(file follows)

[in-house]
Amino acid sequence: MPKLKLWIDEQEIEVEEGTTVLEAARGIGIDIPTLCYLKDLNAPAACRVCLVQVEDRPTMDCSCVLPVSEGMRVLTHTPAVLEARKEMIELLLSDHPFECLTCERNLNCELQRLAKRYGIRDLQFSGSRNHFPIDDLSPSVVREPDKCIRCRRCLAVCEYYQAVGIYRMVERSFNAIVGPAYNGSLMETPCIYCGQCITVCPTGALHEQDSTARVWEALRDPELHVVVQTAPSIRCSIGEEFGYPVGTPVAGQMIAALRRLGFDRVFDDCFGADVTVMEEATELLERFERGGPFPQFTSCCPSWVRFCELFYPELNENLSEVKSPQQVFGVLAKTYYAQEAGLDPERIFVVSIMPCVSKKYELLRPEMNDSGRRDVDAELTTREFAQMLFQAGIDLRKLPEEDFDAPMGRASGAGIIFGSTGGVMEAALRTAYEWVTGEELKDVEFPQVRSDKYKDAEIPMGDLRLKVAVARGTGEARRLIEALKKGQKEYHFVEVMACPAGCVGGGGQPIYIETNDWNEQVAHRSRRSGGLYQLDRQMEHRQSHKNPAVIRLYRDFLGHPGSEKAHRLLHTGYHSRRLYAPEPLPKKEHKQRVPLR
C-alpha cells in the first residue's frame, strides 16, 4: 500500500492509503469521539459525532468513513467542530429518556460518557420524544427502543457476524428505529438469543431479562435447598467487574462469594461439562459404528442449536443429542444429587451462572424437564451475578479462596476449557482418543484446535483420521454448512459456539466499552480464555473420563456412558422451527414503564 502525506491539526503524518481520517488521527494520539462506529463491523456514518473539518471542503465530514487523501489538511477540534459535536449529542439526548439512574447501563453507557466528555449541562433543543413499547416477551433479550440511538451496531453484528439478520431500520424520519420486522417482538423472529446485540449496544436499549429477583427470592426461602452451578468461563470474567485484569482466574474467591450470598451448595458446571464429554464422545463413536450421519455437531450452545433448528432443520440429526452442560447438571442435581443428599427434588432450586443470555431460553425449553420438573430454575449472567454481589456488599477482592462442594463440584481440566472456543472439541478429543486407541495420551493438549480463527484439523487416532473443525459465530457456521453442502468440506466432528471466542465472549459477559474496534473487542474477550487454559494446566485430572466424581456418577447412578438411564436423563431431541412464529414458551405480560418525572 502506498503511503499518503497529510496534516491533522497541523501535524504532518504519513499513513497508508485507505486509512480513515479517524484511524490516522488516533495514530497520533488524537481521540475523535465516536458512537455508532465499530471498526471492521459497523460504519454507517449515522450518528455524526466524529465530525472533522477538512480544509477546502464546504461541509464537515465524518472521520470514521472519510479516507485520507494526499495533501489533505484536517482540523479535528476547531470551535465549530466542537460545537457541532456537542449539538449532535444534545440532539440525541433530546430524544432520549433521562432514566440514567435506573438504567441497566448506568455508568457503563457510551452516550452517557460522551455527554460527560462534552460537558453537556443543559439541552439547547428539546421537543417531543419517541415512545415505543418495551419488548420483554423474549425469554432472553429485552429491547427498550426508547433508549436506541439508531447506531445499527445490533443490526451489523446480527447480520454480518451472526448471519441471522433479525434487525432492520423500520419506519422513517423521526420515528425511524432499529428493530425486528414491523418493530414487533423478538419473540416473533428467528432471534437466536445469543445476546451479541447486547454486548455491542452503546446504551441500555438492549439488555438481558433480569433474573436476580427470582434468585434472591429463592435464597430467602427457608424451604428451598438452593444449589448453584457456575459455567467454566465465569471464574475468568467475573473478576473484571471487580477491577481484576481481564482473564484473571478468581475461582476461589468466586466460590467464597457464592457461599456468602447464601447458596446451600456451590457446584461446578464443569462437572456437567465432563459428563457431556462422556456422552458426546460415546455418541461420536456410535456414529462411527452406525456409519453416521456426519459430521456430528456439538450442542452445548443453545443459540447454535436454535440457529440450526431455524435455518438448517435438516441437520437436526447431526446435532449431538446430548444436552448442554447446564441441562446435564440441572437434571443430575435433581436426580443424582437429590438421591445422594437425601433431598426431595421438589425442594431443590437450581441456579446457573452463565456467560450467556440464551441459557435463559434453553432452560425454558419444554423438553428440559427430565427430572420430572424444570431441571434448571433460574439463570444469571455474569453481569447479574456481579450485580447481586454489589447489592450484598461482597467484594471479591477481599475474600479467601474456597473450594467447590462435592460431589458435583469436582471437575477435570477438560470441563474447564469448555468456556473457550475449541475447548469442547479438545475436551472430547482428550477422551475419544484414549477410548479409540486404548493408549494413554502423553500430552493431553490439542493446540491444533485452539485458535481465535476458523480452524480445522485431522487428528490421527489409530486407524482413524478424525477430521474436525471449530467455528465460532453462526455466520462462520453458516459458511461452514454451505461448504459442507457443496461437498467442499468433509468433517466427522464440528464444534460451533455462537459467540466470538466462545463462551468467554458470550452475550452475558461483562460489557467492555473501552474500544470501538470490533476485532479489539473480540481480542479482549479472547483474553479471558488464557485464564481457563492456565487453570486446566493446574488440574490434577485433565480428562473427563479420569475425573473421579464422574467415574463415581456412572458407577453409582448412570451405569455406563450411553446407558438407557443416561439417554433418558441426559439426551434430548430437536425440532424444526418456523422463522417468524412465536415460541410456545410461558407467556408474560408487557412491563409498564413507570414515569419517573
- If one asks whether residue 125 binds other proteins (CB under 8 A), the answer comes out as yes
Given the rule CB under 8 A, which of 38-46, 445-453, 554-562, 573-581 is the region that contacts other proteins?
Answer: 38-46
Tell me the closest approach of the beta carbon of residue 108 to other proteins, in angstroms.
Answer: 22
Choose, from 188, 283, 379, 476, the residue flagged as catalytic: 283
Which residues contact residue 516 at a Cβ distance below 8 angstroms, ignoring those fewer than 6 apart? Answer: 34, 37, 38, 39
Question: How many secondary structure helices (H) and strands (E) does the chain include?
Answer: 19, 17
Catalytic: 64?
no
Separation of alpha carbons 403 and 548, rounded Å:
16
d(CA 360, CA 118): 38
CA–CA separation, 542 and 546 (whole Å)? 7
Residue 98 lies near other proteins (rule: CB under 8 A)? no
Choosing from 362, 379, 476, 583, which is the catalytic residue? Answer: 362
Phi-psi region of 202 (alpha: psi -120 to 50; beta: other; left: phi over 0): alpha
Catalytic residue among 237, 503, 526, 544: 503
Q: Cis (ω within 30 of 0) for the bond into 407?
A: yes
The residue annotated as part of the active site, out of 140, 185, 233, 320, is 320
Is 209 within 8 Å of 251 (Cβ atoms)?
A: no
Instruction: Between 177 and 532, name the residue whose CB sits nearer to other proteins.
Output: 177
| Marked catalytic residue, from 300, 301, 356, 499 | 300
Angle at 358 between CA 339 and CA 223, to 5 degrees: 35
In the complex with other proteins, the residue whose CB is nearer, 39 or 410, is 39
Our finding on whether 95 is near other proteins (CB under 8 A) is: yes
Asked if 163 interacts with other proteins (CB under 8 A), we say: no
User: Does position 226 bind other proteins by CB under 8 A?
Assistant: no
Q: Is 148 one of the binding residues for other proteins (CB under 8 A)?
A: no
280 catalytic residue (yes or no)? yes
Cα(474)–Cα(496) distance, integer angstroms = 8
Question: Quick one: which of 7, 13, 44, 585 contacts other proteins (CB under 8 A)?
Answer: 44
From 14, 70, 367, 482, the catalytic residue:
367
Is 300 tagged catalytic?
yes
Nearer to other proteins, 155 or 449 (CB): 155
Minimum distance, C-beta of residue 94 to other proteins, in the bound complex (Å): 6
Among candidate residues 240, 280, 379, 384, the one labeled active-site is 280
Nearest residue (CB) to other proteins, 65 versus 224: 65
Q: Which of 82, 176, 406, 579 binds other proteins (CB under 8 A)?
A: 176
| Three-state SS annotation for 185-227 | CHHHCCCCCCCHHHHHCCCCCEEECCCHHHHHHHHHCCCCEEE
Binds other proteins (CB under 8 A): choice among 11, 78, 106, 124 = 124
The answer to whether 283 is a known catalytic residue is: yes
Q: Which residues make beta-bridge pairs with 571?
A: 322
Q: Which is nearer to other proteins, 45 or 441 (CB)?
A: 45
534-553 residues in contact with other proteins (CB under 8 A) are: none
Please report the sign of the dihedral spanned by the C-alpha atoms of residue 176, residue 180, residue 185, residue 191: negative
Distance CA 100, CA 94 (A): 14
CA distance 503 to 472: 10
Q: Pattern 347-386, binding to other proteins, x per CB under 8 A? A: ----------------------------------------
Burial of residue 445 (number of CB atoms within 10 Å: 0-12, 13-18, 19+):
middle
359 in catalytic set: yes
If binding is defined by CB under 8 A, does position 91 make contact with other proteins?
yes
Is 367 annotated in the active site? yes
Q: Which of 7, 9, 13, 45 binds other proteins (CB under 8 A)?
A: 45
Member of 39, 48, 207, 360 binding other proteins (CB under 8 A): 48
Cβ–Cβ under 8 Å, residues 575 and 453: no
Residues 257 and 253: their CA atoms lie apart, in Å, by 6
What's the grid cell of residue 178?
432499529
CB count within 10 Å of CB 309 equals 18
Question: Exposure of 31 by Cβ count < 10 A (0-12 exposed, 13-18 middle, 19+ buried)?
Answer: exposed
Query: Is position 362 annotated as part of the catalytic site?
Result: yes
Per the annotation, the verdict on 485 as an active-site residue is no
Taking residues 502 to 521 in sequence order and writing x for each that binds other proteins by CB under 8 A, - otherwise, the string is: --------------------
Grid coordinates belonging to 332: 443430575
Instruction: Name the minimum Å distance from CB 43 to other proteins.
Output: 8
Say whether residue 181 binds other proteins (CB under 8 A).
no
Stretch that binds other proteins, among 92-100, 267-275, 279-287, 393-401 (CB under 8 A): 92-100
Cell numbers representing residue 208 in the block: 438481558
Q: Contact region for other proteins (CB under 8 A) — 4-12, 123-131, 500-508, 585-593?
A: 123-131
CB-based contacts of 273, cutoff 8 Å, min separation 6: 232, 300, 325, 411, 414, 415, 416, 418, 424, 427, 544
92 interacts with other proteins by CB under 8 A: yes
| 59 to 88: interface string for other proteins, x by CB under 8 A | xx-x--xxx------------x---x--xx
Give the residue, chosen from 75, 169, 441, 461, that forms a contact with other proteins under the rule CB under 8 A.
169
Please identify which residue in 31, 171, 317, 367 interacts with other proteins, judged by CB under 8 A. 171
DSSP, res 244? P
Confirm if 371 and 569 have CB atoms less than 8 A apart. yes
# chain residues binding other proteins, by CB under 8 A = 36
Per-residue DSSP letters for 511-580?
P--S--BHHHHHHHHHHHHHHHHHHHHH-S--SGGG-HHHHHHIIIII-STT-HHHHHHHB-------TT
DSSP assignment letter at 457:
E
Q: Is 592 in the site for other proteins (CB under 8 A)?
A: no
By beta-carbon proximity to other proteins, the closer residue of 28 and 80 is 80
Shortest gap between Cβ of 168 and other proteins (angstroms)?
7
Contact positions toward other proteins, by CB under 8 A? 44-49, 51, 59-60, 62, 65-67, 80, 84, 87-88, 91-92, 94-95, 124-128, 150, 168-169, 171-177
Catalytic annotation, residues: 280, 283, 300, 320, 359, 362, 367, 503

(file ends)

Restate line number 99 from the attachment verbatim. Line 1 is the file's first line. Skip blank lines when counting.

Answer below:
Please identify which residue in 31, 171, 317, 367 interacts with other proteins, judged by CB under 8 A. 171